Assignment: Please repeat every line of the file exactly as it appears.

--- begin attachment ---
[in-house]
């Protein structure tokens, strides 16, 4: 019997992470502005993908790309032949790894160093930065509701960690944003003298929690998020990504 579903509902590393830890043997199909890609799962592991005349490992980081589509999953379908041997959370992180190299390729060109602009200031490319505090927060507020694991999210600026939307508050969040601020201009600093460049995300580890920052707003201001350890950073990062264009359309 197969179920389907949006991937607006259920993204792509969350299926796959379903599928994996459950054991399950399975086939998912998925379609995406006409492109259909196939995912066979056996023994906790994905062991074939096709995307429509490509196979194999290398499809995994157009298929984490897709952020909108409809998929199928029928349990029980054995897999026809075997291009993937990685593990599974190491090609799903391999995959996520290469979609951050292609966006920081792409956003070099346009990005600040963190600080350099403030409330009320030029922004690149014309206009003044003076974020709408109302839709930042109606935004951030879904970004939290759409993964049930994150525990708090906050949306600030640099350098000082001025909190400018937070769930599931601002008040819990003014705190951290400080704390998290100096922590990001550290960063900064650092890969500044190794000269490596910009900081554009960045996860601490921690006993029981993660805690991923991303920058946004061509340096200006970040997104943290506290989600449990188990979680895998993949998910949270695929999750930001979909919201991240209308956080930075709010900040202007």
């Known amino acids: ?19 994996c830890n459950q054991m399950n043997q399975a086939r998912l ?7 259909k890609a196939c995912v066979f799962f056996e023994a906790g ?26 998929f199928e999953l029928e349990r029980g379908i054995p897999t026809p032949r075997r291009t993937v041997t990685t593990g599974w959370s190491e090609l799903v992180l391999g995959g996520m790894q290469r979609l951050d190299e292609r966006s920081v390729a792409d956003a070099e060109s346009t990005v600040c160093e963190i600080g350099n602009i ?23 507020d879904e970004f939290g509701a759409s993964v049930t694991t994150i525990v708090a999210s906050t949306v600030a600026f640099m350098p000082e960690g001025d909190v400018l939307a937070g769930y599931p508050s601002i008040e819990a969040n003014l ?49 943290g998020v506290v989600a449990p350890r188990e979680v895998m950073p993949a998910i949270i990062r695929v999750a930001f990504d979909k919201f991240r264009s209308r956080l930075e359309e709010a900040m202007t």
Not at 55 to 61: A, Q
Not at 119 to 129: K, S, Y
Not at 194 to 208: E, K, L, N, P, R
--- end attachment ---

[in-house]
């Protein structure tokens, strides 16, 4: 019997992470502005993908790309032949790894160093930065509701960690944003003298929690998020990504 579903509902590393830890043997199909890609799962592991005349490992980081589509999953379908041997959370992180190299390729060109602009200031490319505090927060507020694991999210600026939307508050969040601020201009600093460049995300580890920052707003201001350890950073990062264009359309 197969179920389907949006991937607006259920993204792509969350299926796959379903599928994996459950054991399950399975086939998912998925379609995406006409492109259909196939995912066979056996023994906790994905062991074939096709995307429509490509196979194999290398499809995994157009298929984490897709952020909108409809998929199928029928349990029980054995897999026809075997291009993937990685593990599974190491090609799903391999995959996520290469979609951050292609966006920081792409956003070099346009990005600040963190600080350099403030409330009320030029922004690149014309206009003044003076974020709408109302839709930042109606935004951030879904970004939290759409993964049930994150525990708090906050949306600030640099350098000082001025909190400018937070769930599931601002008040819990003014705190951290400080704390998290100096922590990001550290960063900064650092890969500044190794000269490596910009900081554009960045996860601490921690006993029981993660805690991923991303920058946004061509340096200006970040997104943290506290989600449990188990979680895998993949998910949270695929999750930001979909919201991240209308956080930075709010900040202007």
């Known amino acids: ?19 994996c830890n459950q054991m399950n043997q399975a086939r998912l ?7 259909k890609a196939c995912v066979f799962f056996e023994a906790g ?26 998929f199928e999953l029928e349990r029980g379908i054995p897999t026809p032949r075997r291009t993937v041997t990685t593990g599974w959370s190491e090609l799903v992180l391999g995959g996520m790894q290469r979609l951050d190299e292609r966006s920081v390729a792409d956003a070099e060109s346009t990005v600040c160093e963190i600080g350099n602009i ?23 507020d879904e970004f939290g509701a759409s993964v049930t694991t994150i525990v708090a999210s906050t949306v600030a600026f640099m350098p000082e960690g001025d909190v400018l939307a937070g769930y599931p508050s601002i008040e819990a969040n003014l ?49 943290g998020v506290v989600a449990p350890r188990e979680v895998m950073p993949a998910i949270i990062r695929v999750a930001f990504d979909k919201f991240r264009s209308r956080l930075e359309e709010a900040m202007t």
Not at 55 to 61: A, Q
Not at 119 to 129: K, S, Y
Not at 194 to 208: E, K, L, N, P, R